At the start of my first year as a literacy coach, I was more than a little overwhelmed by my new role. I needed to quickly build relationships with teachers, learn seven grade levels of curriculum, and become familiar with the unique cultures of my schools. Then one of my principals told me that they would like me to visit classrooms unannounced for 5–10 minutes at a time with the intent of getting to know the teachers and notice what was happening in terms of literacy instruction across the school. This did not sit well with me, nor did I think it was something teachers would appreciate. Quite honestly, to just show up and observe in a teacher’s classroom felt like spying. However, if this was what I was being asked to do by administration, I would need to try it.
The first year of doing these “drop-ins” was awkward. As I entered classrooms and sat on the rug with students during a lesson, or knelt down at their desks as they worked, I felt like I was intruding. Some teachers would greet me quickly and invite me to be part of the activity, others would keep teaching after seeing that I didn’t need them right away, and others would seem quite anxious about my arrival. In the classroom I would listen, glance around a bit, watch the lesson or see what kids were doing, and then leave. Sometimes I would leave a little sticky note with a message of “kudos” for the teacher, but that was about it. I did gain some information about what instructional practices were present throughout the school, but these drop-ins were not successful in building relationships. In fact, it felt like they did the opposite.
Fast-forward a few years, and my approach to and thoughts about drop-in visits have changed. I began to realize how many benefits there are to spending just a few minutes at a time in classrooms. I learned that success in implementing drop-in visits that feel supportive relies on being respectful, transparent, and collaborative.
Steps in Conducting Successful Drop-in Visits
- Talk with teachers.
- Make it a habit.
- Put visits into your schedule.
- Take pictures/document.
- Share openly with teachers.
- Leave a note (and chocolate!) .
- Follow up in person with questions (if needed).
Talk with Teachers
Transparency matters. Teachers need to know what you are doing and why you are doing it to build trust. I share with teams that these visits are meant as a way to get a quick view of literacy across the school and are not meant to be a “gotcha” in any way. Because of this assurance, teachers now feel free to talk with me during visits, ask questions, or highlight work they are doing with students.
Make It a Habit
For drop-in visits to feel like part of the routine, they should happen consistently. I find if they occur less than once or twice per week, the visits can become more of a distraction to the classroom. When students and staff are used to you dropping in for a bit, they will be less distracted by your visit and will begin to see you as a part of the class.
Put Visits into Your Schedule
I tend to plan drop-ins around my other coaching obligations such as in-class cycles and meetings. I keep a Google calendar of the literacy class times in my schools so I can pull it up where I see open slots in the day. Then I tend to visit each classroom in the grade within the same window of time. To keep track of my visits, I keep a page documenting dates, subjects, and classrooms. This helps me decide where to visit next.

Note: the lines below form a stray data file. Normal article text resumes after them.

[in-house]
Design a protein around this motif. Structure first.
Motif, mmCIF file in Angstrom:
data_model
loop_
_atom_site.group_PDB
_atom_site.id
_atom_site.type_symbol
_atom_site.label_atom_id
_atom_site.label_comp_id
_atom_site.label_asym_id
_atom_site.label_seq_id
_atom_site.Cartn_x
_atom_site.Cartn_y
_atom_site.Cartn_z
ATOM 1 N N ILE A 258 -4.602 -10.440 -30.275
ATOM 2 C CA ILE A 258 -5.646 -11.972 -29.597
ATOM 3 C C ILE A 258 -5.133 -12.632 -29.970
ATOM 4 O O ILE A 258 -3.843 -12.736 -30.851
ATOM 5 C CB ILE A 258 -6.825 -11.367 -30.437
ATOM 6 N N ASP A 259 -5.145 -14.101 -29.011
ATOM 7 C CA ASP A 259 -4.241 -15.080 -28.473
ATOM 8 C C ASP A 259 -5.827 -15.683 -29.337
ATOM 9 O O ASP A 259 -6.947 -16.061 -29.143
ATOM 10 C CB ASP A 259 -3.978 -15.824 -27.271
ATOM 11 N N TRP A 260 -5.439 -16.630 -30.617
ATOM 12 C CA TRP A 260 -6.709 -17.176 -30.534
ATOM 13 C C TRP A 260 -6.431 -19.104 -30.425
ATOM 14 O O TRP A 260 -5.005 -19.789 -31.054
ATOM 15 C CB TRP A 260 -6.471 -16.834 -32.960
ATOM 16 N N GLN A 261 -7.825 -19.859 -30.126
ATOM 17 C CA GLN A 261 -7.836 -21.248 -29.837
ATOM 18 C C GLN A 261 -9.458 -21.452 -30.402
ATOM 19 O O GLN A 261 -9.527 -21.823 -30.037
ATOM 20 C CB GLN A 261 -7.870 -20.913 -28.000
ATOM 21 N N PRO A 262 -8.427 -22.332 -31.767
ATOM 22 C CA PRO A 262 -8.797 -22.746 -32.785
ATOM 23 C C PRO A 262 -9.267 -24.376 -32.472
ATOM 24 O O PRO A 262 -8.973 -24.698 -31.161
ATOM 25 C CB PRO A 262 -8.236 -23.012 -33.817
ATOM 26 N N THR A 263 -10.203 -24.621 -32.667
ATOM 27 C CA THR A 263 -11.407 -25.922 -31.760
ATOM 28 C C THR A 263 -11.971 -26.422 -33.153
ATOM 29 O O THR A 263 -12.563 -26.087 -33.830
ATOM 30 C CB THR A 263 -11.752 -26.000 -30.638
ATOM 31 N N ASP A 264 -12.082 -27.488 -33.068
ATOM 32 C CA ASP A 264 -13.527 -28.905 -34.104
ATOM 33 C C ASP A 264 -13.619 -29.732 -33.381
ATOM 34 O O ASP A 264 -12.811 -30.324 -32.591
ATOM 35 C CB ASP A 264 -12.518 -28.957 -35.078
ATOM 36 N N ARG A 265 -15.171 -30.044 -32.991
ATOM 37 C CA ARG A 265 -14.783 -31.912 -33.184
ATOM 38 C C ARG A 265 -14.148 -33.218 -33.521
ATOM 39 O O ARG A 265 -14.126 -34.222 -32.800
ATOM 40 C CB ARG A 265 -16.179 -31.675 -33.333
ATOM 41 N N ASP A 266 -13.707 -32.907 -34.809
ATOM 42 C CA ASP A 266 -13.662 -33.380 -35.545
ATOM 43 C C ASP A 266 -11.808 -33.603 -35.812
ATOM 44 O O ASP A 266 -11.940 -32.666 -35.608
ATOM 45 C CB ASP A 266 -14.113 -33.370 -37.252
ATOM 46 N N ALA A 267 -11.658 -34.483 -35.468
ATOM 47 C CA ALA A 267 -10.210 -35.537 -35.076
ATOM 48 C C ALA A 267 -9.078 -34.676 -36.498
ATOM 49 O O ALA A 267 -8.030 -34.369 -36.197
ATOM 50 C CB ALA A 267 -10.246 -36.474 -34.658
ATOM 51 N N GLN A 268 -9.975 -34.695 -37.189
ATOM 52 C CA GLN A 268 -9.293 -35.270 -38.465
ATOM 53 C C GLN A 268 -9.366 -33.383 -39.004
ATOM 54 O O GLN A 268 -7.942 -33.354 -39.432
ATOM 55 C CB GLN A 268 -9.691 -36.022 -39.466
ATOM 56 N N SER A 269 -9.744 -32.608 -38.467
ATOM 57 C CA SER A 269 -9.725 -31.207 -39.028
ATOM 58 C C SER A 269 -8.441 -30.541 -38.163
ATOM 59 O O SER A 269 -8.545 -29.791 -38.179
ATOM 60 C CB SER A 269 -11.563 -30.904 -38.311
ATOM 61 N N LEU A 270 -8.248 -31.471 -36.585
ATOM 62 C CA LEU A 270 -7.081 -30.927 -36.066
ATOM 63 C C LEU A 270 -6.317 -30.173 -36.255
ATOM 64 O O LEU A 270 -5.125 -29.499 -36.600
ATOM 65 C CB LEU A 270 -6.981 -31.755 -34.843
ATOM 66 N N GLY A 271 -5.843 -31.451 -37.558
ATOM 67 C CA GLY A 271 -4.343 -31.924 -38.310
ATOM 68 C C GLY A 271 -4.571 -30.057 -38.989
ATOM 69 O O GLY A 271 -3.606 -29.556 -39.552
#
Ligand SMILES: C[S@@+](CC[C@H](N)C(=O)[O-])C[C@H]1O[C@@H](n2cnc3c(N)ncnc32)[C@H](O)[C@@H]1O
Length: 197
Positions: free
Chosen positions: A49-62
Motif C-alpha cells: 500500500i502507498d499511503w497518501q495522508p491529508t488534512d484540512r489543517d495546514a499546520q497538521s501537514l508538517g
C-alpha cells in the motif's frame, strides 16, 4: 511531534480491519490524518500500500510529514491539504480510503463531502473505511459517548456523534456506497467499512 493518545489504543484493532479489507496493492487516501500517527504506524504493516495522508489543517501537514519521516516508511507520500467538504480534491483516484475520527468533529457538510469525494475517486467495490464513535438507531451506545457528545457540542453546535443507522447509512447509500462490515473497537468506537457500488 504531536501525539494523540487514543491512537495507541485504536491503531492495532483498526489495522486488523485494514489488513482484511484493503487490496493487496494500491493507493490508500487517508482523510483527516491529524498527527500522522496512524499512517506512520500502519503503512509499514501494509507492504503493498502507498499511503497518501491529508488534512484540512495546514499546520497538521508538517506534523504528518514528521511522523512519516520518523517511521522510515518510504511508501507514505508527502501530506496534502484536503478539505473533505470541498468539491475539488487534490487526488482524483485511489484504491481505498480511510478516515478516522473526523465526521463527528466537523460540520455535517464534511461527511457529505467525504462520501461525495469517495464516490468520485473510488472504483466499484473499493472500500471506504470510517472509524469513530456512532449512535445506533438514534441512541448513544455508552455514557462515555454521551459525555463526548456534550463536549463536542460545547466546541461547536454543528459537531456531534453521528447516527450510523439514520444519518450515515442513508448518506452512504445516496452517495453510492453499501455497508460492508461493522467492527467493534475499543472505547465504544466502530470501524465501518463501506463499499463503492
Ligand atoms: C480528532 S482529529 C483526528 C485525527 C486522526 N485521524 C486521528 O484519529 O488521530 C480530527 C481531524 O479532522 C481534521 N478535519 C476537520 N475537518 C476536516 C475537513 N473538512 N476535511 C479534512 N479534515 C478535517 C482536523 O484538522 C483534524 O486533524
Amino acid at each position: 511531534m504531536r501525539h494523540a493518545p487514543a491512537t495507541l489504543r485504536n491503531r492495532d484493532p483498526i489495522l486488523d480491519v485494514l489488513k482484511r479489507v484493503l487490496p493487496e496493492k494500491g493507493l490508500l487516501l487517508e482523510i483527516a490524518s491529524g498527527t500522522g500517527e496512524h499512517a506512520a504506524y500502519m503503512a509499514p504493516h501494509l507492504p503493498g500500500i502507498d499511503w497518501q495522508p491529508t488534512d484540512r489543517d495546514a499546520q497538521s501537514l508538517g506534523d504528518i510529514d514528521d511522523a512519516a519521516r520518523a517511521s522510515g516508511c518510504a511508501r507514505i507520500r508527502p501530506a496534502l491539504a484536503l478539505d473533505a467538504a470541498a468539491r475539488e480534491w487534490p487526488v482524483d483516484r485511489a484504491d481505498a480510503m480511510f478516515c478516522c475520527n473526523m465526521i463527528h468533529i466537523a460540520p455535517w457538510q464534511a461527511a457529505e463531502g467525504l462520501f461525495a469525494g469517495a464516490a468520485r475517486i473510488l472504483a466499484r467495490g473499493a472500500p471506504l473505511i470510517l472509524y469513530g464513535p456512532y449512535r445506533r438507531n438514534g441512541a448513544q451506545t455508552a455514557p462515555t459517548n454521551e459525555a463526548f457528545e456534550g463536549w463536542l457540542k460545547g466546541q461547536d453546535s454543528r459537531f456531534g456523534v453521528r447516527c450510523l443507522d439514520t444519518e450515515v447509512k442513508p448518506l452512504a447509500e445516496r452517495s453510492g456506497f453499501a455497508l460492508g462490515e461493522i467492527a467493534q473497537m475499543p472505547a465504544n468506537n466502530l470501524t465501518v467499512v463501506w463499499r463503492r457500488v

I carry an iPad with me everywhere I go. One thing I love to do is capture all the great work happening in classrooms through photos. During each drop-in I try to capture an image of the visit. It may be student work, a chart, or the teacher working with kids.
Share with Teachers
To share these images with teachers, I have created a note for each teacher on Google Keep where I store notes and images from coaching cycles and drop-in visits. The teacher is a co-collaborator on these notes.
Leave a Note (and Chocolate!)
I have never been able to write a quick note while in the classroom to leave for the teacher, so I write one later in the day and leave it in their mailbox with a piece of chocolate. Many teachers have expressed gratitude for the note (and the treat).
Follow Up in Person with Questions (If Needed)
One of the benefits of doing a series of drop-in visits is that teacher and student needs may be revealed. I might offer a small suggestion on the drop-in visit notes, but if I see a need to ask questions or offer more specific feedback after a series of drop-in visits, I always schedule a time to talk in person with the teacher.
I enter classrooms with a focus on what I can notice and learn from teachers and students. There are so many lenses that can be used when visiting classrooms. Here are just a few things to notice.
- Environment: seating arrangements, rug space, teaching space, doc camera/projector use, student access to materials
- Teaching: use of language, equity, pacing, lesson elements, reciprocity of skills, classroom routines, conferring/small-group work
- Evidence of PD or coaching carryover: elements of current and prior professional development or coaching cycles in practice
- Student needs: book bin volume, reading/writing stamina and volume, student engagement and independence, specific students needing support
- Classroom needs: library needs (diversity, equity, volume, engagement), diversity of read-aloud options, materials, evidence of student voice, systems to support independence
If used respectfully, transparently, and collaboratively, drop-in visits can offer another way for coaches to stay connected to teachers and students.